Mobile technology is essential for the British economy. It is right that universal mobile access should be recognised as a key part of national infrastructure. Calling and texting is now not only essential for business but also in everyday personal life. However these services are not guaranteed for people living in areas known as ‘total not-spots’, or in ‘partial not-spots’, which are areas that have coverage provided by only one, two or three mobile network operators. This is largely because the privately funded networks have unsurprisingly not had identical rollout plans.
According to the telecoms regulator, Ofcom, partial not-spots cover 21% of the UK’s land and affect 1.5 million customers – this means that for those affected there is no mobile signal if their own network is unavailable. Rural areas are most severely affected with 35% of customers suffering from a frequent lack of mobile signal. However the industry believes that these figures may be out of date and thus may not reflect the full extent of the coverage today. The current Ofcom data has nevertheless been accepted as the actual state of UK mobile coverage.
It is therefore clear what inspired the Secretary of State for Culture, Media and Sport, Sajid Javid, to outline a number of proposals to create better mobile coverage including national roaming, infrastructure sharing, and coverage obligations for network providers. Yet while these proposals to equalise voice coverage amongst the operators are well intentioned, it may be that they are not currently the best option given the potential impact on competition and the practical difficulties which they may cause.
There is some evidence that the industry is already addressing the problem. Investment in mobile networks has been substantial; EE for example has invested £17billion since 2000 and plans to extend 4G signal to 98% of UK residents by December 2015. Vodafone is using innovations like the Rural Open Sure Signal Programme to bring reliable mobile signal to 112 successful applicant villages in not-spot locations.
Moreover there are some particular problems with roaming which have yet to be resolved. First, it’s unclear to what extent it would actually increase coverage. Research by Capital Economics suggests that it would only increase geographic coverage in the UK by 2% to 4% because phones actually hold onto a signal within a much lower threshold than Ofcom has claimed. Second, network providers claim that roaming devices are up to 50% more likely to experience issues with making and receiving calls as well as having lower battery life and a higher number of dropped calls. Third, allowing mobile providers to piggyback on the masts of rivals might erode incentives to maintain, upgrade, and expand their current infrastructure. Resolving this problem by legally obliging networks to expand into partial not-spot areas might then lead to increased costs to customers as providers attempt to recoup their losses. This is of particular concern given that the industry is already dominated by a few large players.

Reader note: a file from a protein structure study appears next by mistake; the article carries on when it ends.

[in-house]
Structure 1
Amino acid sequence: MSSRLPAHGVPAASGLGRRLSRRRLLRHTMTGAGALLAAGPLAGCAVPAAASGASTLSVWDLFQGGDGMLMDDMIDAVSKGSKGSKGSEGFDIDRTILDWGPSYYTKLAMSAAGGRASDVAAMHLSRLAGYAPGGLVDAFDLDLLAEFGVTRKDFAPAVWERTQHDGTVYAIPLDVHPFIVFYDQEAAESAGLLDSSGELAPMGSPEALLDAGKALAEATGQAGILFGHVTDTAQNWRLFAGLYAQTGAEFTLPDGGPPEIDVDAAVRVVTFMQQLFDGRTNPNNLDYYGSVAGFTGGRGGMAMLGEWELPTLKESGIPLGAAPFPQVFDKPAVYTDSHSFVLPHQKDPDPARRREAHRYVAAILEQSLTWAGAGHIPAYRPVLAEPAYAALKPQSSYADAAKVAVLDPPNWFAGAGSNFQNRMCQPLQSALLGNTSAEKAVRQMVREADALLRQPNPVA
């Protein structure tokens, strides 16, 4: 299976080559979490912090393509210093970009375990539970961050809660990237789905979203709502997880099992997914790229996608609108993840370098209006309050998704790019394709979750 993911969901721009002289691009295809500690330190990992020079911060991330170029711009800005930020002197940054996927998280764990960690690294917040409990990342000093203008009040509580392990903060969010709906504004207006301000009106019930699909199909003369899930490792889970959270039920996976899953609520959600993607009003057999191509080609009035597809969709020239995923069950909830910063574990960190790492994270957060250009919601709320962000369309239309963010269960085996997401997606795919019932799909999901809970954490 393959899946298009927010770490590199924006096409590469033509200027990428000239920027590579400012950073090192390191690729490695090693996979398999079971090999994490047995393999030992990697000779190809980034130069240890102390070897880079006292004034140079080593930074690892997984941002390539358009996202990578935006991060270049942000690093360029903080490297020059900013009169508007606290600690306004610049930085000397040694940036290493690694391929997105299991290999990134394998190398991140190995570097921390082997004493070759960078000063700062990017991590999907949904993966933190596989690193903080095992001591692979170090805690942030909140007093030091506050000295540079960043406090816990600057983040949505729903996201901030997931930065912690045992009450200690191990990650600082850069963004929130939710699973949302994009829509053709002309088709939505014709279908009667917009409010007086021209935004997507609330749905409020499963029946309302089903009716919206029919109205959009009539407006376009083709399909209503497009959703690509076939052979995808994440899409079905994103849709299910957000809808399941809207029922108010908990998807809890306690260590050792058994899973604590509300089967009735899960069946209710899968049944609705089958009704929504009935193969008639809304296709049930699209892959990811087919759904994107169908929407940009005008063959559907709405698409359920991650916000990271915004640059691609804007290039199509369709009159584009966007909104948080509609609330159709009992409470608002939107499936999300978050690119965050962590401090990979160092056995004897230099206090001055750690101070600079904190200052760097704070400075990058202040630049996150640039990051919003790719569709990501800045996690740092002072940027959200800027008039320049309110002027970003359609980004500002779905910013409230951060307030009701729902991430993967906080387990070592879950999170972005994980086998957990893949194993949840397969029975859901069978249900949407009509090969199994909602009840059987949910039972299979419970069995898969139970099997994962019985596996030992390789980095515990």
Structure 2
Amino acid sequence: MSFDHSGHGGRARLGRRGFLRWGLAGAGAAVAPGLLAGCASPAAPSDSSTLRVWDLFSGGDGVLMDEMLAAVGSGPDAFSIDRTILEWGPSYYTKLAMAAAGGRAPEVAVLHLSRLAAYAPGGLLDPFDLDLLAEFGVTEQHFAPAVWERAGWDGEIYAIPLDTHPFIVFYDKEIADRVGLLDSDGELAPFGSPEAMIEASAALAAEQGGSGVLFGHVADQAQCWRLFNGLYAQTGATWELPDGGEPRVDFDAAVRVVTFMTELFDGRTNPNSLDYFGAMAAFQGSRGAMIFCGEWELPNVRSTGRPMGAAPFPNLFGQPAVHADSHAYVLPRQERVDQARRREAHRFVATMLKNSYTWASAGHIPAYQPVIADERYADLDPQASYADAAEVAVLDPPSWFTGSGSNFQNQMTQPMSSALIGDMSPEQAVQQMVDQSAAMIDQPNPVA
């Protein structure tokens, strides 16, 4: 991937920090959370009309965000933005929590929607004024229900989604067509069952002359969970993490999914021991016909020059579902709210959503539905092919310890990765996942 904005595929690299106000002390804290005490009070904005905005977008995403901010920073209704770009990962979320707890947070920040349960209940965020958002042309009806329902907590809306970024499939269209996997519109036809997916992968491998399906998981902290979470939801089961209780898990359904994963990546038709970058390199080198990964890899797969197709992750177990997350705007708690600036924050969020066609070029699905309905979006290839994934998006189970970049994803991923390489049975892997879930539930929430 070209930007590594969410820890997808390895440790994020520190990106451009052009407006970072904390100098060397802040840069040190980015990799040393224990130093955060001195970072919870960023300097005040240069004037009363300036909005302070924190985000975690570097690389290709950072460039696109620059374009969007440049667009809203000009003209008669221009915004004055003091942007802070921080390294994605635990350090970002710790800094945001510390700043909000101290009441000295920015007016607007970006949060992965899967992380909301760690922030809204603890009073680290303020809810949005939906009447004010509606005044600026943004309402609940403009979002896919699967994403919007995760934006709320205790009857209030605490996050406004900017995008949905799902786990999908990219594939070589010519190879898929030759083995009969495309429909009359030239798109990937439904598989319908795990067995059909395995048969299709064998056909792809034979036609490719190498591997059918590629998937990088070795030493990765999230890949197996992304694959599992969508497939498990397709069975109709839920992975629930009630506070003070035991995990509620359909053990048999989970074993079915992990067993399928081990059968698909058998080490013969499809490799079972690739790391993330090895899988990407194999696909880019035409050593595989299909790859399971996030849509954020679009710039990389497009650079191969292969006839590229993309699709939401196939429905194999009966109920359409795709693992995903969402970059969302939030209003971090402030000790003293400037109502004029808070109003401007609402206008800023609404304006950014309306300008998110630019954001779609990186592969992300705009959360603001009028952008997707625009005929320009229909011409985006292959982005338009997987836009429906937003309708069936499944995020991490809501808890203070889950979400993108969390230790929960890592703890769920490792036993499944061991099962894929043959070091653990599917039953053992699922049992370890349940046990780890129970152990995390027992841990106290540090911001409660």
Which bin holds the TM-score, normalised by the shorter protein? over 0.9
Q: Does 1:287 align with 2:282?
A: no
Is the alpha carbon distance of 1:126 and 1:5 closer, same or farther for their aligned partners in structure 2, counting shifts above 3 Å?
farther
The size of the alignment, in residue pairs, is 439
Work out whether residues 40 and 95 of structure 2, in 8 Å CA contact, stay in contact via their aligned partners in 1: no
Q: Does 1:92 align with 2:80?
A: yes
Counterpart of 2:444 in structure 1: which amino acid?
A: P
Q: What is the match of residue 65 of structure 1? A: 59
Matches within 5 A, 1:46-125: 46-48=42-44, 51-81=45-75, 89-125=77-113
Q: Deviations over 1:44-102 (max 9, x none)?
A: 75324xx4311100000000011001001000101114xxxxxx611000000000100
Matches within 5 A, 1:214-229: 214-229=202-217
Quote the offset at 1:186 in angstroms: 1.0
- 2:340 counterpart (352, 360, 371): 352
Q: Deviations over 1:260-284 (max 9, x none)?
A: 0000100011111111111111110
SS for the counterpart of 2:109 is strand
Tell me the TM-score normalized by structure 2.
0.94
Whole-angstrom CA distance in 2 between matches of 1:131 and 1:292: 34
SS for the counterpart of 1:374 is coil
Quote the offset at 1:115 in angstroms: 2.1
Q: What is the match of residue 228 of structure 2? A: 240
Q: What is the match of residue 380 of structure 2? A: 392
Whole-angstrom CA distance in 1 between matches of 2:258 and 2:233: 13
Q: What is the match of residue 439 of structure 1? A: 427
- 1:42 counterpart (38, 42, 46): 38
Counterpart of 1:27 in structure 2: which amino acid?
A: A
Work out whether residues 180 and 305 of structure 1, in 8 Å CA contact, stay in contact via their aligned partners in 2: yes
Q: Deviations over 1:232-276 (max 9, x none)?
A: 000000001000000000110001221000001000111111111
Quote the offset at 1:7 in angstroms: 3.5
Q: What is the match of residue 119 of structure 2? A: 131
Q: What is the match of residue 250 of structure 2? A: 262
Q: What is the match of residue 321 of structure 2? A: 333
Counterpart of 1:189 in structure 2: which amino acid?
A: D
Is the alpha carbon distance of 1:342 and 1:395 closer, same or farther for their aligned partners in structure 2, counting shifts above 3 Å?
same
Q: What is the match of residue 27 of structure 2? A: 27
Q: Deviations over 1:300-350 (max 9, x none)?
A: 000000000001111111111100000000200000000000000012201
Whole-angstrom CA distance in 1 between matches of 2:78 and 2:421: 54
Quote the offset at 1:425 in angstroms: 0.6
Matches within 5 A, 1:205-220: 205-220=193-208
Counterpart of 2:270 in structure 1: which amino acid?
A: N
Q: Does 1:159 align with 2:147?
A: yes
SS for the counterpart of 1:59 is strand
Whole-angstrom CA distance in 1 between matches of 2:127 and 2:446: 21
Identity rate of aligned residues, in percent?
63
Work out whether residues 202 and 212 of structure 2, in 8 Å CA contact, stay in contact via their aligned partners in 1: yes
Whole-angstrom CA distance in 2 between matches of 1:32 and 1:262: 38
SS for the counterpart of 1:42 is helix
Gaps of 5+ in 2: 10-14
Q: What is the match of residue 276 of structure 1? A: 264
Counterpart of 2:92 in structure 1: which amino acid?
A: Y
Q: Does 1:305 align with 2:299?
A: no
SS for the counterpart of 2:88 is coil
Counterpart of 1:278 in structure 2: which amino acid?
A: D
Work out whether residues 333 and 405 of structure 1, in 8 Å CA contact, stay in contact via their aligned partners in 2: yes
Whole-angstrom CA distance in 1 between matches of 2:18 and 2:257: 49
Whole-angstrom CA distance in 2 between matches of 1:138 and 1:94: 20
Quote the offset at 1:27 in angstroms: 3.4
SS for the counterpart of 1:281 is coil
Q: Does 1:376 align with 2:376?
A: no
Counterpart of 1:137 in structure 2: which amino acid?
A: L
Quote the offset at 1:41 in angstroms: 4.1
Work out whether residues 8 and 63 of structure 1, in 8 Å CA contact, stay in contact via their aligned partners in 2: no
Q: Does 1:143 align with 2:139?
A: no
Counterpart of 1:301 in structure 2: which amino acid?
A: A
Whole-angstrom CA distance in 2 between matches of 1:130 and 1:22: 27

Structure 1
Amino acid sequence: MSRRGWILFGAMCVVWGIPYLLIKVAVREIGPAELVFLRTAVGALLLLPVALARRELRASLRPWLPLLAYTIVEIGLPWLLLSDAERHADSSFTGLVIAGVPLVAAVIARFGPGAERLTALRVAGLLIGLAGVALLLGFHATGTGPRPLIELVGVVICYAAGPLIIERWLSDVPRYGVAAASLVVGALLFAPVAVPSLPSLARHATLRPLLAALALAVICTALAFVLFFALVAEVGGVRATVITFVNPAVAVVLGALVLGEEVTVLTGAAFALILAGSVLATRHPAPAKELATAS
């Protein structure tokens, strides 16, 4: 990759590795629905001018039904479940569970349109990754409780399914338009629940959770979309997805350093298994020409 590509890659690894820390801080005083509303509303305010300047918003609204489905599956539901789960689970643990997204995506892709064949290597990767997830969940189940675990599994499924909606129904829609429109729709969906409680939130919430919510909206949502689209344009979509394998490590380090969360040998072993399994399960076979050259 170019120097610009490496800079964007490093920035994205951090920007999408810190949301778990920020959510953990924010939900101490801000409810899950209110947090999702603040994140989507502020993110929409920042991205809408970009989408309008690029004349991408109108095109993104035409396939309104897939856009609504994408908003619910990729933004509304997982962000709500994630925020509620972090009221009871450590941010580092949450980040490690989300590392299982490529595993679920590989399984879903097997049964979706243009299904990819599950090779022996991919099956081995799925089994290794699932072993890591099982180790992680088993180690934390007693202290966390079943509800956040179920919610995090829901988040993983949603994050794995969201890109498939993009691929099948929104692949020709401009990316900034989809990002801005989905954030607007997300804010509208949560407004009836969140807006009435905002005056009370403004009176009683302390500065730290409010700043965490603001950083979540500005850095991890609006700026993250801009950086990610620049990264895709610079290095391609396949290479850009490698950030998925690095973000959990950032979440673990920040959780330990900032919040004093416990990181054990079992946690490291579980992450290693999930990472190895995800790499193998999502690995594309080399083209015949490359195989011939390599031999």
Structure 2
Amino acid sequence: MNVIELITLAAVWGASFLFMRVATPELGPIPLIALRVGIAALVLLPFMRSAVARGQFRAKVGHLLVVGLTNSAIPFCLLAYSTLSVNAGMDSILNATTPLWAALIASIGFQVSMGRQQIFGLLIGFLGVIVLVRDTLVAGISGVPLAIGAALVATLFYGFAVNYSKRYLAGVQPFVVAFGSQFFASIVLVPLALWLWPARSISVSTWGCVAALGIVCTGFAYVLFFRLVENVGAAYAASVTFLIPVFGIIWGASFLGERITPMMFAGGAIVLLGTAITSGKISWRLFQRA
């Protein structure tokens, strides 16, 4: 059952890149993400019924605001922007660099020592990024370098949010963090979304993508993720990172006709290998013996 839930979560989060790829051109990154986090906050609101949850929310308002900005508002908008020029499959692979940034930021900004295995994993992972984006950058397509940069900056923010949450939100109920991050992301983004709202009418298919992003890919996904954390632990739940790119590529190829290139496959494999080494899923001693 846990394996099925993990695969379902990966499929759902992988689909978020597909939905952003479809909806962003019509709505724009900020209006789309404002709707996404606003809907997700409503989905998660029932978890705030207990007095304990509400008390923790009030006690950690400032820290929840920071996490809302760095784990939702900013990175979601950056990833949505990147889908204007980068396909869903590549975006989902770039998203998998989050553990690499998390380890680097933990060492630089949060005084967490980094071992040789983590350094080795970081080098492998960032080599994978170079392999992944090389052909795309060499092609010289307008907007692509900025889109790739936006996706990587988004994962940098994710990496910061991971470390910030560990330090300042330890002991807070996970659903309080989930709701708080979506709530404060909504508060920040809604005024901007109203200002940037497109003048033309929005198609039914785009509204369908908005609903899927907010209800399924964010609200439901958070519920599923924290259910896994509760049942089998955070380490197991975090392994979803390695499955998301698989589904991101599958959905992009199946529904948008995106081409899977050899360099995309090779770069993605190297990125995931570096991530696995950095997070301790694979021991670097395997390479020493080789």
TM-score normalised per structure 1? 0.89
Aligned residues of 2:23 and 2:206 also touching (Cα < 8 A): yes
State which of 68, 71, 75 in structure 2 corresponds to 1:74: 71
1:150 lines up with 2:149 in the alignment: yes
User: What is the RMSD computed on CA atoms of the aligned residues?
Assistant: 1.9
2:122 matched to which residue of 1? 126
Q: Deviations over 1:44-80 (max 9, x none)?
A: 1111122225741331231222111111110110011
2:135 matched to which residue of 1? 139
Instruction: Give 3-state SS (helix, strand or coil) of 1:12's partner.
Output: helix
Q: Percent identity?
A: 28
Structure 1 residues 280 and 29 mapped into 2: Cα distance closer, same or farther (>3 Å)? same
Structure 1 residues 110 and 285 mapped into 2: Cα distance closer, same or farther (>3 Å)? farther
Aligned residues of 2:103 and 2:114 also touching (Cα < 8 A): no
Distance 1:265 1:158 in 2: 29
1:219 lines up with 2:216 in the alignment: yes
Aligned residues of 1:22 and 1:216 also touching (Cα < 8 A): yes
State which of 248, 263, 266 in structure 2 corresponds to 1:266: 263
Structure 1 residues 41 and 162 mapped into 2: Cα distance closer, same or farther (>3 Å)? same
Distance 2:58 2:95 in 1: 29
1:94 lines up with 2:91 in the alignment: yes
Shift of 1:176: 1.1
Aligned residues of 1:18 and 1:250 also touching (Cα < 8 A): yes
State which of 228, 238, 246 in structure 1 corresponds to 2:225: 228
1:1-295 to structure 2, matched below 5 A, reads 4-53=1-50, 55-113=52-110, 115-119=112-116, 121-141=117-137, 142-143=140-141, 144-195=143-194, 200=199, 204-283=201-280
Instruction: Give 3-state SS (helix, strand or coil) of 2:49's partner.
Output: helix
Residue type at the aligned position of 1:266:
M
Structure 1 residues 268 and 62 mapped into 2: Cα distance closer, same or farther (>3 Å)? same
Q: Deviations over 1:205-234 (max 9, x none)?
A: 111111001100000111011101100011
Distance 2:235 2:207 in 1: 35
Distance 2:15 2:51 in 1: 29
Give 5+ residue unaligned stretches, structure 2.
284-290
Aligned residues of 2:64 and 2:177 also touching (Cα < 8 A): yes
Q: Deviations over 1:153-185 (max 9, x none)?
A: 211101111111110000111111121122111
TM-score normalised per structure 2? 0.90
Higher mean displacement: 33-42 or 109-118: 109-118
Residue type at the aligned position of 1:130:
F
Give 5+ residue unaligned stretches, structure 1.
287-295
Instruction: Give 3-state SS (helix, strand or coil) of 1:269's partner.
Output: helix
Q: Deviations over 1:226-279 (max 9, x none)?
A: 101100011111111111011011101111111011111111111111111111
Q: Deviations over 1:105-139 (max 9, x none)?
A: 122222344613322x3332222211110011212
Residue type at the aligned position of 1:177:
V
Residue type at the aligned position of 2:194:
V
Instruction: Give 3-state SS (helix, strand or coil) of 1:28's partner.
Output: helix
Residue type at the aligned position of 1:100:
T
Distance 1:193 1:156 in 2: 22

Nevertheless, the reason why mobile coverage has not already been expanded to reach universal access is that, on a strictly commercial basis, it is often simply not profitable to serve a small number of customers in remote locations. At least part of this can be explained because of the rigid regulatory framework which constrains expansion; so it surely makes sense to explore sensible deregulatory measures and the expansion of competition first.
Rather than increasing their regulatory burden, the Coalition should focus on cutting the extra burdens which add needless costs to expanding coverage. Cumbersome planning legislation means that it is very hard to obtain planning permission from the relevant Local Planning Authority for mobile communications apparatus over the height of 15m. Restrictions on mast heights hinder signal range, which means that a relaxation of the legislation could lead to more masts and higher masts. The result could be an expansion of network coverage along with a reduction in the bureaucratic costs associated with the application process – which would ultimately feed through to customers. In addition, the Government should reform the Electronic Communications Code which inflates land prices for mobile infrastructure relative to other key infrastructure. This is to say nothing of the increase in spectrum fees which are being proposed by Ofcom.
Universal coverage is a desirable goal. But promoting competition and cutting expensive red tape should be the way forward. Better surely is a grand bargain between the Coalition and the industry to agree a package of deregulatory measures in return for a clear timetable by which universal coverage must be achieved. This would increase competition, improve coverage and cut prices: a win-win for all. But if universal coverage is not achieved according to the timetable, then the Government should swiftly return to its plans for national roaming.